In May last year, the Minister for Local Government, Mr Adolf Mwesige, intervened in the matter and during a meeting in Kween, announced that the district would have three town councils and the offices would be in Binyiny and Kaproron sub-counties– the other town council after Chepsukunya.

In January this year, residents disrupted transport on the Kapchorwa-Suam road when they protested the transfer of some offices, let alone the district headquarters, to Kaproron.

The chief administrative officer, Mr Michael Nandala, and the district speaker, Ms Joseline Cherotwo, had resolved that some departments be transferred to Kaproron as suggested by Mr Mwesige and his team.

“We cannot have two headquarters. Away with plans of dividing the people,” the residents wrote on placards they brandished.

It only took the resident district commissioner, Mr Joseph Okwakau, to calm them down, promising to settle the matter.

That aside, the residents have dwelt on the ‘trivial’ issue of headquarters location and who the district boss should be, giving crucial aspects such as schools, health centres, roads, and food a blind eye and deaf ear.

About 500 people remain in refugee camps named Kisangani and Rwanda in Kwanyiny Sub-county and are living in deplorable conditions.

The group was reportedly evicted from Mt. Elgon National Park between 1999 and 2000 by Uganda Wildlife Authority officials and has a limited source of income.

The chairperson of the camps, Mr Patrick Satya, says the government in 2011 promised to give them alternative land for settlement but nothing has been done to date.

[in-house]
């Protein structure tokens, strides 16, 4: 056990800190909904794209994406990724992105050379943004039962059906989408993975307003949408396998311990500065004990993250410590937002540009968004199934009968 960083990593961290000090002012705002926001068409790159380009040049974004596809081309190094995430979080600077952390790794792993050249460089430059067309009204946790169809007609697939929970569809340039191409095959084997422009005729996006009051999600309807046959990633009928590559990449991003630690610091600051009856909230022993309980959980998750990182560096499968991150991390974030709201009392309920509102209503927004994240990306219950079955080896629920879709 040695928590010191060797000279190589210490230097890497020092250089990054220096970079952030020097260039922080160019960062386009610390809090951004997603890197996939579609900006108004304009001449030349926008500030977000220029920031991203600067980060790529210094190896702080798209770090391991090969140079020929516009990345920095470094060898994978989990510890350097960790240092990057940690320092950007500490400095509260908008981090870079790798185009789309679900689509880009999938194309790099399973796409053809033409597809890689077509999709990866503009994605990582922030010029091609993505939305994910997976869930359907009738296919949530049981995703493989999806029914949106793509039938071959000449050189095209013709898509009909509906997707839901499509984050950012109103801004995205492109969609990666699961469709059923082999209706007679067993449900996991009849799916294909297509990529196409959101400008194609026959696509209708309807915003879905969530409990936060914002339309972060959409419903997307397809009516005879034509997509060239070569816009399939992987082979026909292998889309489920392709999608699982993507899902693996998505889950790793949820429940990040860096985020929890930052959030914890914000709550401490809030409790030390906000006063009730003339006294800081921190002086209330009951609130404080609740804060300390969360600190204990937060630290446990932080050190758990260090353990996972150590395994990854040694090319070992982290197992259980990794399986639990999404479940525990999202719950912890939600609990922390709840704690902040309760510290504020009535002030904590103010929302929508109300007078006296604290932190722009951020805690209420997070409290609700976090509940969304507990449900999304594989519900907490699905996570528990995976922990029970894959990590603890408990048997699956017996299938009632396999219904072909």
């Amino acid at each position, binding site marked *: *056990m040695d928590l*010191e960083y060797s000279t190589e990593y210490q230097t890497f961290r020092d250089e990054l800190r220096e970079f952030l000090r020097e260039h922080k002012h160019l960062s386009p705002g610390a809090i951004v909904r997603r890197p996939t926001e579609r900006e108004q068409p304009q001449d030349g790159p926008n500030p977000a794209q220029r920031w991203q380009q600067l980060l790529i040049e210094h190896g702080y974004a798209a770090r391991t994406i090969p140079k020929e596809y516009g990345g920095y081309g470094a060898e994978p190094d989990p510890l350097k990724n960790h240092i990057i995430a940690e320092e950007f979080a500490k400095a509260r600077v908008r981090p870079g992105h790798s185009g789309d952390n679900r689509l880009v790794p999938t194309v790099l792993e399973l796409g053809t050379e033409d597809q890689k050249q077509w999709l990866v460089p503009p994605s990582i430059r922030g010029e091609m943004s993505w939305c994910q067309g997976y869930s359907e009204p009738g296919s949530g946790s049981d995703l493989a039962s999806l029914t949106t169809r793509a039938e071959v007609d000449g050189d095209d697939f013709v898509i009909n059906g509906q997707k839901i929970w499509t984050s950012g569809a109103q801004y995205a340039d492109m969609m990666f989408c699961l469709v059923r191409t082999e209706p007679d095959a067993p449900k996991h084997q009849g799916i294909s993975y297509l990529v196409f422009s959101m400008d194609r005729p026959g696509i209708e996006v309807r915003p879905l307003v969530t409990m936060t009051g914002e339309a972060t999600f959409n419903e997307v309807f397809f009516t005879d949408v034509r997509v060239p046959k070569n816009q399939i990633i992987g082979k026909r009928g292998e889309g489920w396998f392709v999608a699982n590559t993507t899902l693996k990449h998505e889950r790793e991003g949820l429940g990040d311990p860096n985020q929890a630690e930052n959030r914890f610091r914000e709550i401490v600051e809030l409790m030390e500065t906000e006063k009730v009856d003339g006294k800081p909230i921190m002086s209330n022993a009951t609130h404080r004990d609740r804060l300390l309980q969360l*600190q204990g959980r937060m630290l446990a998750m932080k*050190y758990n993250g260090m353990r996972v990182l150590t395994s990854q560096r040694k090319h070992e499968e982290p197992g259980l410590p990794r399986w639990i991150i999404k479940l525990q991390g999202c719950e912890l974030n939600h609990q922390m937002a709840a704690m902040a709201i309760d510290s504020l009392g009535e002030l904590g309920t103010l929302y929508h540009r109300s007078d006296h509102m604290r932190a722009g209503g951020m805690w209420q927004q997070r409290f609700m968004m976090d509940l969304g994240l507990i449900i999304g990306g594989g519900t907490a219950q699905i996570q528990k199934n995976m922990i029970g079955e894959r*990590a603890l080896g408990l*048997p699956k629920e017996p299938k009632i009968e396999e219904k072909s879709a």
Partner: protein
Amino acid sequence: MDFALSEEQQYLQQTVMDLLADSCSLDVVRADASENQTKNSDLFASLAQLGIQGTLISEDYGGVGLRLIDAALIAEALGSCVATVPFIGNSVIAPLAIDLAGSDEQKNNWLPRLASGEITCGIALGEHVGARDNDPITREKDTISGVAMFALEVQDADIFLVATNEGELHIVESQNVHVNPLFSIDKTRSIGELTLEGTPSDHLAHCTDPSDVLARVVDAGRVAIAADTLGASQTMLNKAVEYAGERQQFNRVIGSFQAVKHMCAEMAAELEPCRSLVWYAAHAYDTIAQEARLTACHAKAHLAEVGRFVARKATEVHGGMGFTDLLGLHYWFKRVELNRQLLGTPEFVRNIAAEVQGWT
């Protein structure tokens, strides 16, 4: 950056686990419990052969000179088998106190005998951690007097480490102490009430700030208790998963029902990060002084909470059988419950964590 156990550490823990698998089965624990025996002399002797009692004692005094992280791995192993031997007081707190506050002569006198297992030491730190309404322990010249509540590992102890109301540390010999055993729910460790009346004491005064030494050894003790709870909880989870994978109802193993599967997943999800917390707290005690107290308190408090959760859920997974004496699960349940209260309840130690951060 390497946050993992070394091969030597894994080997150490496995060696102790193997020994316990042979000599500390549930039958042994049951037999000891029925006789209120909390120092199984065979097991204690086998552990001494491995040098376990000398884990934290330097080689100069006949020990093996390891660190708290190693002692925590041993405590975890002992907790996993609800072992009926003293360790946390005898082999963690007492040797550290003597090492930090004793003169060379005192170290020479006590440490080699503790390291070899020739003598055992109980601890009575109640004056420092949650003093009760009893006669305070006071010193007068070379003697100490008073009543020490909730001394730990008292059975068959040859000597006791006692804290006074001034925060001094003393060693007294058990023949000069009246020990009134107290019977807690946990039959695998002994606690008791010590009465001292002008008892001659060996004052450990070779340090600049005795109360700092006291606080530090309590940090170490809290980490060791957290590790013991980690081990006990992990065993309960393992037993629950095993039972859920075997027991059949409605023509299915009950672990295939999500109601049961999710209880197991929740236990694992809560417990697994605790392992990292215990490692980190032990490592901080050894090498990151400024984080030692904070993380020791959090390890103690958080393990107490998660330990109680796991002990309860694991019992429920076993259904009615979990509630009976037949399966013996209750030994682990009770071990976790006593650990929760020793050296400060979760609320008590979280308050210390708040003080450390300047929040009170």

Ms Lydia Chekwel, the area Woman MP, says: “I pray the government resettles people in Benet and Kwanyiny.”

A survey carried out by this newspaper in the district recently shows that the health system is equally sick and in dire need of help from relevant authorities.

“We do not have a single ambulance and transporting patients is a nightmare, but the Ministry of Health has promised to give us one. The government should step in. We also face the problem of infrastructure,” the area Woman MP says.

She adds that the district now only has one doctor, but with more nurses who were recruited recently, the health situation could improve.

The performance in schools is yet another nightmare that authorities and residents of Kween need to pay attention to. According to last year’s Uganda National Examinations Board results, the district posted very poor results from primary to A-Level.

The district registered a 30.5 per cent failure rate in Primary Leaving Examinations, had only 8 candidates scoring Division One in UCE and hardly had any student scoring A or B in any subject at A-Level.

The District Education Officer, Ms Joyce Mumya, says her sector was performing badly, both in infrastructure and academics, and needed more government help.

State of education
Somweyo Community Primary School on the way to Ngenge Sub-county, for example, showed a somewhat ‘forgotten’ institution, with teachers struggling to impart knowledge in the mud-and-wattle structures. The teachers said since government-aided schools were far away, parents resorted to contribute Shs30,000 for every teacher and food to have their children taught.

At Kortek Primary School, parents contribute Shs15,000 for each teacher’s salary. There are less than four teachers in the school.

The roads have remained impassable and farmers can hardly transport their merchandise to markets.

Last year, residents asked their area MPs, Mr Abdil Kisos Chemonges and Ms Lydia Chekwel to push for better roads.

Ms Chekwel says she has been promised by the Works and Transport ministry that the road will be put under the maintenance programme this year.

“We don’t have any information regarding the road now. I talked to the Hon. (Abraham) Byandala in January and he promised me that the road would be repaired by March, but we are still waiting,” she says.

Such are the hurdles that the young district has to overcome to benefit from the fruits of autonomy, but that can only be achieved with less political disorganisation.